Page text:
AUDIE CORNISH, HOST:
Derek Jeter ended his 20-year career at Yankee Stadium last night in classic fashion.
STEVE INSKEEP, HOST:
Bottom of the ninth, score tied, man on second.
CORNISH: The Yankee shortstop stepped up to the plate and hit a game-winning single in front of a sold-out crowd of 40,000 fans. Jim O'Grady of member station WNYC joined them.
JIM O'GRADY, BYLINE: You want Yankee fans? Take the D train to the Bronx before the game. Except the first one I find is from Boston.
BRITNEY HENDERSON: I'm actually a Red Sox fan but I can appreciate that he's an amazing player. So for him I'll wear some Yankees gear. (Laughter) It burns me a little inside but I'll do it.
O'GRADY: That's Britney Henderson. She attended the game with Alejandro Mora, who bought their tickets more than a year ago.
(SOUNDBITE OF ARCHIVED RECORDING)
O'GRADY: Did it cost a lot of money?
ALEJANDRO MORA: I don't think it has a value to those ticket.
O'GRADY: Except it does. What's the number? Want to say?
MORA: I can't.
O'GRADY: Why not?
MORA: Because for me Derek Jeter does not have a price.
O'GRADY: Which means you paid a ton of money?
MORA: I paid what it was worth.
O'GRADY: Not even rude questions could spoil Mora's mood.
(SOUNDBITE OF ARCHIVAL RECORDING)
O'GRADY: I heard that at the end of the game, the clouds over the stadium will part and Derek will be raptured up unto heaven to sit at the right hand of God. Is that true?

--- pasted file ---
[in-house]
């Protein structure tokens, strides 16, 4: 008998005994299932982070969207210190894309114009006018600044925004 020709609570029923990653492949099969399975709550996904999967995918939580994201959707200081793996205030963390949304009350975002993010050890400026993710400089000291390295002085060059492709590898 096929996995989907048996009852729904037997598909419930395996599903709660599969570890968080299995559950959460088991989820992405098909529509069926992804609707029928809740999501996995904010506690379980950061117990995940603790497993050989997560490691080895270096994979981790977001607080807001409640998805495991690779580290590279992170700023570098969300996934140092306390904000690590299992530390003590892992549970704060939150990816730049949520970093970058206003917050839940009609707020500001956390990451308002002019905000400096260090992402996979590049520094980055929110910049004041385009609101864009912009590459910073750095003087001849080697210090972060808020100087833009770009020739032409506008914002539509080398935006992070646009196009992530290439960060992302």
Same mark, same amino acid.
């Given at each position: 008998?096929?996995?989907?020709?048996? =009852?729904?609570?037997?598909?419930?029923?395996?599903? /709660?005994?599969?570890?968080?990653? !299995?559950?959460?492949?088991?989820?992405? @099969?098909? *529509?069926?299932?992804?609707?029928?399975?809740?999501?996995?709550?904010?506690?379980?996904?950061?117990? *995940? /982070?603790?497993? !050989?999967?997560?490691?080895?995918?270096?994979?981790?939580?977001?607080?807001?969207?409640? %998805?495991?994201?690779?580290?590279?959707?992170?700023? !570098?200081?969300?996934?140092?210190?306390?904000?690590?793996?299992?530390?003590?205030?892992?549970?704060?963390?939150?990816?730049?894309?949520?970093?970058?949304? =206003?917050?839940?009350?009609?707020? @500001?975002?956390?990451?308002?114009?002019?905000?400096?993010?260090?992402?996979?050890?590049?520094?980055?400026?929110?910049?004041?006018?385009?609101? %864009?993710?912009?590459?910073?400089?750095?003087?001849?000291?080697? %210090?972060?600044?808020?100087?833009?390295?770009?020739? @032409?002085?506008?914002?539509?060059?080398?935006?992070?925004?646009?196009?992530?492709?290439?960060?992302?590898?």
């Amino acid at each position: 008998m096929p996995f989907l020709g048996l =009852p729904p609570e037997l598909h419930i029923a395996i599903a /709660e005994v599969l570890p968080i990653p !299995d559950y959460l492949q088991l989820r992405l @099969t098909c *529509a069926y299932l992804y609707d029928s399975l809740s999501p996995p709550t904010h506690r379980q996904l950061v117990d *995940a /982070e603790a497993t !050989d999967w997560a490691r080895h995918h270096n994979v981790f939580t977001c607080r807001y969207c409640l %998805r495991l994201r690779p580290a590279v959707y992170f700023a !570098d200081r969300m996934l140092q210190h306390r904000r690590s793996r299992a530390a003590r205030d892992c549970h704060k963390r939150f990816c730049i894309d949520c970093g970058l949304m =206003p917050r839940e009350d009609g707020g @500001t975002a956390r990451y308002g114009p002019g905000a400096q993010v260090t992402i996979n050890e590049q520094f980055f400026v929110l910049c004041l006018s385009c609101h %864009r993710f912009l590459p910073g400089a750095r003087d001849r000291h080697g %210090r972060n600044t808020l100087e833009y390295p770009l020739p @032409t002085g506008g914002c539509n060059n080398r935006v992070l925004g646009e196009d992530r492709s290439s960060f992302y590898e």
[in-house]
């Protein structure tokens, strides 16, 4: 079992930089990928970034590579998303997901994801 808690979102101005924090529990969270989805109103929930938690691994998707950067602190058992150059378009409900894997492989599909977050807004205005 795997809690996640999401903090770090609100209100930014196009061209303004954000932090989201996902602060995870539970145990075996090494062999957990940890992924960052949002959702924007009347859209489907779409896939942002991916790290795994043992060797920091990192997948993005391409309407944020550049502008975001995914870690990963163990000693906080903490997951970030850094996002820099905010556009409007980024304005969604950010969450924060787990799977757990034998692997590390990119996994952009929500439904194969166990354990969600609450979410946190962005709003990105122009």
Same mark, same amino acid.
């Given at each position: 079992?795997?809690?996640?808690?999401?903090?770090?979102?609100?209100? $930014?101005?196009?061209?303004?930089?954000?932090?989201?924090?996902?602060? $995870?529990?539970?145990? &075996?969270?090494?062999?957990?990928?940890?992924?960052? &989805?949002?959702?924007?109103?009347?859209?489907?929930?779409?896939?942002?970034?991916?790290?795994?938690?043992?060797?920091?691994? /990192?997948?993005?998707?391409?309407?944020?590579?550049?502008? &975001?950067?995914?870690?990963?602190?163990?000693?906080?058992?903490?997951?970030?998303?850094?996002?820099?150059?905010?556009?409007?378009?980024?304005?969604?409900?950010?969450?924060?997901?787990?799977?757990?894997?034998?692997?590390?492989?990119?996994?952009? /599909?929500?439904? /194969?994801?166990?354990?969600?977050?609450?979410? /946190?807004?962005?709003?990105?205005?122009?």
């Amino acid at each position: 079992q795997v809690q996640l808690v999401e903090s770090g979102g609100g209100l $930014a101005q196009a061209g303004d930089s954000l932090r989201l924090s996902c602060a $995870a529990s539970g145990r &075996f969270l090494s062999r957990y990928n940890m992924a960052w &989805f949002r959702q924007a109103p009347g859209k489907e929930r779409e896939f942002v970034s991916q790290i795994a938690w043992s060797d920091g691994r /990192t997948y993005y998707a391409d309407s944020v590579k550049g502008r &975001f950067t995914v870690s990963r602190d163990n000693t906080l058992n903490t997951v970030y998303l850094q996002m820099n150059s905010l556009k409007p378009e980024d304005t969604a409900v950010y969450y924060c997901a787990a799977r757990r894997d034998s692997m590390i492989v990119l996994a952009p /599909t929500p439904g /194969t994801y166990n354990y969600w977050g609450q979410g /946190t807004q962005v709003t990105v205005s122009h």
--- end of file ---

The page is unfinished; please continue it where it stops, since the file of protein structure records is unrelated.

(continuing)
MORA: Just rumors.
O'GRADY: He was right. There was no rapturing. But this single game had an average reported ticket price of $830. For Brandon Aghamalian of Austin, Texas add to that the cost of airfare for himself, his wife and their five-year-old daughter Juliet.
BRANDON AGHAMALIAN: I wanted her to be able to say that she saw Derek Jeter play.
O'GRADY: They caught the second to last game as a family. But Aghamalian was going to this one by himself. When asked why a fan outside New York should care about Derek Jeter or buy into the idea that he's an ambassador of baseball, Aghamalian had an answer.
AGHAMALIAN: The fact that he's never been ejected from a game - you know, he never showed up opposing players. He always had the utmost respect for his teammates. He loved to compete. He loved to play against the best.
O'GRADY: The train pulls into 161st Street - Yankee Stadium. Outside Gate E is Marie Palladino, selling buttons.
MARIE PALLADINO: Two for five, one for three - who's the man? Jeter. Jeter.
O'GRADY: The buttons had a mash-up of the Yankees logo and Jeter's number two.
PALLADINO: The energy, the excitement, the sadness...
O'GRADY: Those were her operatic reasons for coming to the stadium. Palladino also had the inside scoop on Jeter's life after baseball.
PALLADINO: He's coming back, either as a manager - he's doing - he has something up his sleeve.
O'GRADY: You think?
PALLADINO: I think. I know.
O'GRADY: You know, it's weird when you were saying he's coming back like that, I thought you were talking about the Messiah.
PALLADINO: (Laughter) He is. No, I don't want - no, no, I can't go there.
O'GRADY: So there is a limit to worship of Derek Jeter. Or there was, until this happened in the bottom of the ninth.
UNIDENTIFIED ANNOUNCER: Base hit to right field. Here comes Richardson. Here's the throw from Markakis. Derek Jeter ends his final game with a walk-off single.
O'GRADY: And now Yankee fans are revising their opinion of Derek Jeter upward yet again. For NPR News, I'm Jim O'Grady.
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